Back in the 1960’s, just as I was beginning my career as a nurseryman, I recall the annual visits from Jacques Legendre and Bob Talley, owners of Gulf Stream Nursery. Their tradition was to visit nurseries along the East Coast each year to promote the tree they’d patented in 1947, the Crimson King Maple. Instead of limiting attractive red foliage to a few weeks in autumn, homeowners could now enjoy the benefits of a fast-growing (and affordable) red-leaf tree in their landscape all summer. Despite its disappointingly-bland fall color, few trees then available offered the unique attributes of this tree, and millions were sold over the years.
Crimson King Maple, a cultivar of Norway maple (Acer platanoides), is an impressive shade tree, reaching 50 feet high in some locations, still a distinctive standout in landscapes nationwide. But Norway maples also have an unfortunate propensity to seed-into and dominate natural areas, often displacing native plants. As a consequence of their promiscuous behavior, all Norway maples are now considered invasive in MA and no longer available for sale.
Red summer foliage, contrasting so attractively with the typically-green leaves of other plants, is a very desirable feature in many gardens. So when we want that dark-red-foliage effect in our summer garden, given the unavailability of Crimson King maple, what do we now have for choices? Among the options are red- and purple-leaf forms of beech, crabapple, flowering plum, redbud, smoke tree and other maples.
In my experience, the red-leaf Japanese maple (Acer palmatum ‘Atropurpureum’) is one of the best for most southern New England gardens. Maturing less than half the size of Crimson King maple, it is better suited for smaller landscapes throughout this region, it is not a problem species like the Norway maples, and a wide selection of cultivars are available on the market. The cut-leaf cultivars (named dissectum) are even smaller more delicately branched, reaching only about 10 ft. at maturity. And all Japanese maples offer attractive fall color, another feature that extends the seasonal appeal of your garden.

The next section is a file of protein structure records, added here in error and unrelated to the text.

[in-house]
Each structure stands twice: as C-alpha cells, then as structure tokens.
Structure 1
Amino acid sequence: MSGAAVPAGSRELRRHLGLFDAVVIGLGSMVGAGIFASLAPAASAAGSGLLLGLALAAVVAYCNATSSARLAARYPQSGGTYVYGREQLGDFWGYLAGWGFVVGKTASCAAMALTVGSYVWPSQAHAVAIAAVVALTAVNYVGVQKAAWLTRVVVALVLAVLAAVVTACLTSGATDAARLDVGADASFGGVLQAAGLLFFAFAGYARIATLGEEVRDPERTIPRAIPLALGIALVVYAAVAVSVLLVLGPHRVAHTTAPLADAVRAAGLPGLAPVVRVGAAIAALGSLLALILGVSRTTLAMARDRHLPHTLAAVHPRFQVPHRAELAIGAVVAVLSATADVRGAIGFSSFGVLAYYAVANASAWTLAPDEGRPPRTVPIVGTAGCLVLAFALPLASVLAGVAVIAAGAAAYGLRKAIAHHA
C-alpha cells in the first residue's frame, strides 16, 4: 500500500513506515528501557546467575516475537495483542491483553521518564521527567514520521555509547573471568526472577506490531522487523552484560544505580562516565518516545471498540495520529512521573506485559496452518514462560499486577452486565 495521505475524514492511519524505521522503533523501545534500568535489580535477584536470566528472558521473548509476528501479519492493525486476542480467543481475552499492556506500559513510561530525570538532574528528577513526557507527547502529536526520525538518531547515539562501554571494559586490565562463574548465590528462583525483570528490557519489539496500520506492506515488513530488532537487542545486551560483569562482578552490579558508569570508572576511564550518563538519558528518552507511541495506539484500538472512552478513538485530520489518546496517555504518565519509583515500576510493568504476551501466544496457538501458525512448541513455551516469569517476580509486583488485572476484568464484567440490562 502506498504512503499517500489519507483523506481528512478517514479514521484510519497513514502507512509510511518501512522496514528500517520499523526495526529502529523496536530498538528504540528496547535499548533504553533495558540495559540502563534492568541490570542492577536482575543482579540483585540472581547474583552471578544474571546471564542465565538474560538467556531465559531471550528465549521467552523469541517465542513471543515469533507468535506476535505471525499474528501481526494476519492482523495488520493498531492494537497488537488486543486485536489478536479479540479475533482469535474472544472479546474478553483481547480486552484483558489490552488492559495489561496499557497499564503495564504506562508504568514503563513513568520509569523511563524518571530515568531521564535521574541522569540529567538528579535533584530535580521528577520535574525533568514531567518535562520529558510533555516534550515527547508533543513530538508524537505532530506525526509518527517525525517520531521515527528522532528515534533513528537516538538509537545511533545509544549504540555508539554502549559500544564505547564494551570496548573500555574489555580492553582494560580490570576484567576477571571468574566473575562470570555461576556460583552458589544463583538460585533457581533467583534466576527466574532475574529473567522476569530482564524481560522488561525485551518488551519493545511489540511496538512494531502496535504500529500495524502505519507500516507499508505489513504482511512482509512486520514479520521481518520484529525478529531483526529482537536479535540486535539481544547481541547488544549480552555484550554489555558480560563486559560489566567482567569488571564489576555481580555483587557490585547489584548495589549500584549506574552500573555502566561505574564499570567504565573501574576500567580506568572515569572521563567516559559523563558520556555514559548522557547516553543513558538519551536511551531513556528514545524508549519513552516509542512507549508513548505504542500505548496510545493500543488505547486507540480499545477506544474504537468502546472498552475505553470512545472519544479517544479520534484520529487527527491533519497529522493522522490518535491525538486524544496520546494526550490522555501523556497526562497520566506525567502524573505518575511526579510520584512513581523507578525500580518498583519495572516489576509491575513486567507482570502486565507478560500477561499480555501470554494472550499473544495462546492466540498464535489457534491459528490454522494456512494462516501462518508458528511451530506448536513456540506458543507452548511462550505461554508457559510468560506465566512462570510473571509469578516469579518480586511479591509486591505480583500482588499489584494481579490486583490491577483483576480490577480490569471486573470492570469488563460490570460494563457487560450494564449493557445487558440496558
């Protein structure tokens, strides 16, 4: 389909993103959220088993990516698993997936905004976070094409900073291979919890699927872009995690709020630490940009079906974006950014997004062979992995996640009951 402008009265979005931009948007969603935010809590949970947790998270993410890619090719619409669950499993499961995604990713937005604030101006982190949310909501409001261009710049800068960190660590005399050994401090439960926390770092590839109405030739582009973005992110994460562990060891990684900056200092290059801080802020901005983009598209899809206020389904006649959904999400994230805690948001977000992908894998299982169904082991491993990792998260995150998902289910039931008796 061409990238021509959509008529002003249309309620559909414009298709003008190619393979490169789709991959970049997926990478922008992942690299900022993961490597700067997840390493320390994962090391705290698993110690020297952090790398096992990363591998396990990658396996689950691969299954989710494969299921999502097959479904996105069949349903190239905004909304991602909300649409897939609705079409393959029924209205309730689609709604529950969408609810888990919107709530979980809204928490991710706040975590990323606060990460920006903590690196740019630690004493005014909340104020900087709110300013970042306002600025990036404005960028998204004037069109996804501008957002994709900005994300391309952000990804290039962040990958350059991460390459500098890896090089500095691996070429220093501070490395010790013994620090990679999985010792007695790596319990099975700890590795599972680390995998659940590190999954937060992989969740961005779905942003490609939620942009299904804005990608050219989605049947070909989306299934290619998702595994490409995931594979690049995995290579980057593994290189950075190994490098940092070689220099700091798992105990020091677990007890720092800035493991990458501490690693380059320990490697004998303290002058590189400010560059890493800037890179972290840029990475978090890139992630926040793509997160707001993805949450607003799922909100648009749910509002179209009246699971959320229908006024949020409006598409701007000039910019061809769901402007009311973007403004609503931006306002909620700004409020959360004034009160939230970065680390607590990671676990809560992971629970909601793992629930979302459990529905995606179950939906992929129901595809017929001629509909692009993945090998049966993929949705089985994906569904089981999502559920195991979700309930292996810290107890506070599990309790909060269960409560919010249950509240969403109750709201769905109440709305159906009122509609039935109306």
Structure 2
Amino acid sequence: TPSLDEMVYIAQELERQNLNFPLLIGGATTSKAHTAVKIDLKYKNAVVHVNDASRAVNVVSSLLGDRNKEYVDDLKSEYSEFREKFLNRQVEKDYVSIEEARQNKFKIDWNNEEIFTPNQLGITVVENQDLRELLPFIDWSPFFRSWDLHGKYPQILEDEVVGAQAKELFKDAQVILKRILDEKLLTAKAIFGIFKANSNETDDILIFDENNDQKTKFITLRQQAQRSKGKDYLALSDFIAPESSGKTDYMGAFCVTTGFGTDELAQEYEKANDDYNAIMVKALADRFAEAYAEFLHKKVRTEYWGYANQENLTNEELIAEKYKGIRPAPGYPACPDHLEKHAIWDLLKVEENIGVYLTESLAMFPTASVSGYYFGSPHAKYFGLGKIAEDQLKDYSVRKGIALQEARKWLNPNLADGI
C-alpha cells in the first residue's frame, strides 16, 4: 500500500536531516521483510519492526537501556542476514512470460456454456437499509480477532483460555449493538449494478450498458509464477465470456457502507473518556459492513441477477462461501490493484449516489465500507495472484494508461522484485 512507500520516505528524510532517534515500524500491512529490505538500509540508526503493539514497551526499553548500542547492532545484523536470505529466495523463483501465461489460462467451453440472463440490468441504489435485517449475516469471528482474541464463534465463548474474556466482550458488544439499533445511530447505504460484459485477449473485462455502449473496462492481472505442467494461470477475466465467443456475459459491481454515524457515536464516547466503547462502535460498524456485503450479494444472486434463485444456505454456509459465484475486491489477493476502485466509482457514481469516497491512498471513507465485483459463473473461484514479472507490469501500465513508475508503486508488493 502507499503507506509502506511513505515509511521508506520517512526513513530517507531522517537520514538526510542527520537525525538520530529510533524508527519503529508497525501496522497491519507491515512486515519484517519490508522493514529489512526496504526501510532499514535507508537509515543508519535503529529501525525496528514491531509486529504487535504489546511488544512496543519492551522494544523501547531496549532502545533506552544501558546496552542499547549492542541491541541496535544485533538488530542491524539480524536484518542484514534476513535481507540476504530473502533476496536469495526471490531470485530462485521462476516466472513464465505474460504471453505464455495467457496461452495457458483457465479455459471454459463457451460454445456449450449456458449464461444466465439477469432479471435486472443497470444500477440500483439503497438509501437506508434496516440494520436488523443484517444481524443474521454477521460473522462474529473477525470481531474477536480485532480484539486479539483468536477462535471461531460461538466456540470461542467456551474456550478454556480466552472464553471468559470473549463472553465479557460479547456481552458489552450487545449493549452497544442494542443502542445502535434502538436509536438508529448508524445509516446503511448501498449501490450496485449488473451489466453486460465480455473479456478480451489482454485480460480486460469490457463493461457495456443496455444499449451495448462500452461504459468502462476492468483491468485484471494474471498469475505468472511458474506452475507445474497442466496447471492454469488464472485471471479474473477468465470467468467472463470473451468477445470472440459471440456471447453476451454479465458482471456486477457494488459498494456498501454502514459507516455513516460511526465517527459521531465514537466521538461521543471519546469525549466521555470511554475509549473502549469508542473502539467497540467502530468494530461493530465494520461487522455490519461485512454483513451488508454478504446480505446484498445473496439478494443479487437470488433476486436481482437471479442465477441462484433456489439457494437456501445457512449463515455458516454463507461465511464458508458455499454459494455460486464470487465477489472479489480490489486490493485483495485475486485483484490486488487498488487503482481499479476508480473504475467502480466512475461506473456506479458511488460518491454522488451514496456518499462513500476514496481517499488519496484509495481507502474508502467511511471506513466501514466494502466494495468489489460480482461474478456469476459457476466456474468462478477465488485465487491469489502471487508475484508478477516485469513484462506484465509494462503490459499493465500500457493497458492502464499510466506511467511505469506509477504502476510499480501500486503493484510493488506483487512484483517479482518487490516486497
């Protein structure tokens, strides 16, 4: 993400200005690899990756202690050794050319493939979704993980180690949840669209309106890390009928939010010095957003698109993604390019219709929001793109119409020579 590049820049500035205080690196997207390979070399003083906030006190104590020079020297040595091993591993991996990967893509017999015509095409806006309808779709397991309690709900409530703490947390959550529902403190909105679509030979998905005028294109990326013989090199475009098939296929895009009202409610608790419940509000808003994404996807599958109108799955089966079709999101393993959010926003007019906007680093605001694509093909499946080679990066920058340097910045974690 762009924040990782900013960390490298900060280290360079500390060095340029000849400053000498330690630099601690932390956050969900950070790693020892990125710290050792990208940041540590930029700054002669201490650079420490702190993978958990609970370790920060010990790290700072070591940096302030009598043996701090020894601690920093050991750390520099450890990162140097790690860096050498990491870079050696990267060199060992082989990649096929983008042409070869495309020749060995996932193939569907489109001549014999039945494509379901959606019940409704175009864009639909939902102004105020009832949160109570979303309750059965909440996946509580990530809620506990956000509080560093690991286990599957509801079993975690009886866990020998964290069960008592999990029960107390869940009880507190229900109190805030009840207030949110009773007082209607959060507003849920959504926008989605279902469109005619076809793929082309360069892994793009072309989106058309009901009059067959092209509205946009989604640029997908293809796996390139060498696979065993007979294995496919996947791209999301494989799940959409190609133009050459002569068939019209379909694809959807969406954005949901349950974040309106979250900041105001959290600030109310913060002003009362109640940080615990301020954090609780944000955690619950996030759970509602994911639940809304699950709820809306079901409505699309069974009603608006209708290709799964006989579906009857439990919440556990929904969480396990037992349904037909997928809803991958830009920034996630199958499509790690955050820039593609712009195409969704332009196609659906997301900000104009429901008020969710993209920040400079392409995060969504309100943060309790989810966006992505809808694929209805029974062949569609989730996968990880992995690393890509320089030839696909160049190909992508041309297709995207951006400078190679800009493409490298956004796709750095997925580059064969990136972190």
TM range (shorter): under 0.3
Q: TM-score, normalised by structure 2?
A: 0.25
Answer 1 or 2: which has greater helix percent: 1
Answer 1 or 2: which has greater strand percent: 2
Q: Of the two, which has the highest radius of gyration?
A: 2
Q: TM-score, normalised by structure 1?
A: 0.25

To assure best results, make sure you choose a named cultivar and plant in a sunny location; unnamed selections grown from seed can show red foliage when they first leaf-out in spring, but often become less red as the season progresses. And even though the red-leaf cultivars grow well in shady areas, high light levels increase the intensity of their foliage color.
Red-leaf Japanese maple named cultivars such as Bloodgood, Emperor 1, Fireglow and Rhode Island Red are some of the most popular at garden centers. Red-foliage cut-leaf types including Crimson Queen, Inaba-shidare and Tamukeyama are commonly available, as are many cultivars with intermediate foliage characteristics and varying growth habits. Talk with the professionals at your local garden center; they are well-equipped to help you choose the cultivars that will perform best in your yard and provide that incomparable red effect all summer.